Overall, this lack of coordination and the scarce financial resources contribute to a situation where Ukrainians have drones while Russians have drone systems. Put another way, Ukraine is buying individual drones and then integrating them into their operations through human intervention, like pilots manually inputting coordinates. This contrasts with the perception that Russian forces have drones that digitally connect to a common operating picture or firing platform, which makes the Russian systems faster and less prone to human error.
Brave1, which was set up just six months ago by six key ministries and organizations in charge of the war effort, seems to have been established to help address some of the coordination concerns. They are pushing to remove procedures, processes, and regulations to allow for a repeatable and fast innovation and manufacturing pipeline. The ministry is also sponsoring hackathons against specific problems, and supporting warfighter integration, testing, and feedback. Brave1 is perhaps similar to the U.S. DIU in that they are the point of entry to the war effort, help provide the testing ground for drones, connect innovative companies to investors and joint ventures, and match drone companies in Ukraine with suppliers and manufacturers abroad. The Ministry of Digital Transformation and the Ministry of Strategic Industries also seek to bring more structured support to drone innovation and the growing drone industry.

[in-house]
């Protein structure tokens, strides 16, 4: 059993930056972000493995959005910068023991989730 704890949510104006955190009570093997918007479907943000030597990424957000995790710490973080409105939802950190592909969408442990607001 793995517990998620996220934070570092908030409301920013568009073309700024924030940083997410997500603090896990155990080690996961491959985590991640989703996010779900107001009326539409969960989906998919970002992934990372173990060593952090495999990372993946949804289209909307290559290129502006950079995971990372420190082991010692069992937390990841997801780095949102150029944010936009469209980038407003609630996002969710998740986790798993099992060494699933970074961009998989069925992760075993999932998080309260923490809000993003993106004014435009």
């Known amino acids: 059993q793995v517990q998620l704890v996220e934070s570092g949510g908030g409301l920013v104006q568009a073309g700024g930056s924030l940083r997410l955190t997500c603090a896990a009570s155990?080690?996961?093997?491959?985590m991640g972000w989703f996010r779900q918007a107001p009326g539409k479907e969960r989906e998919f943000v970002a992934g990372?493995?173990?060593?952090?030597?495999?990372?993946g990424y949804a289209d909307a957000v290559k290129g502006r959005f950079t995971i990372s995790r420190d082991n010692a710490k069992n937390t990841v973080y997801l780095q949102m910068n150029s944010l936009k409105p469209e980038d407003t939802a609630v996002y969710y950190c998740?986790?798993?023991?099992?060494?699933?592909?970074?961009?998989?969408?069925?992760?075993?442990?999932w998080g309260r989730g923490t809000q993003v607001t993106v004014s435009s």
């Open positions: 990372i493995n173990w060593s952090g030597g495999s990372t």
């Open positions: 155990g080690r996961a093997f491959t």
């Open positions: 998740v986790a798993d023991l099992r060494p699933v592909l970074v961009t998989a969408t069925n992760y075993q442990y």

It is hard to assess the effectiveness of Ukraine’s drone warfare, but it felt effective in the room.
There was a palpable and unsurprising enthusiasm for drones at the conference, but participants did not discuss the combat effectiveness of cheap drones. We heard from one speaker that Ukraine spent 25% of its war budget on UAVs in August. Many operators shared anecdotes about their successful engagement of Russians with drones. Beyond those anecdotes, however, there was no assessment of the impact of cheap drones on the battlefield.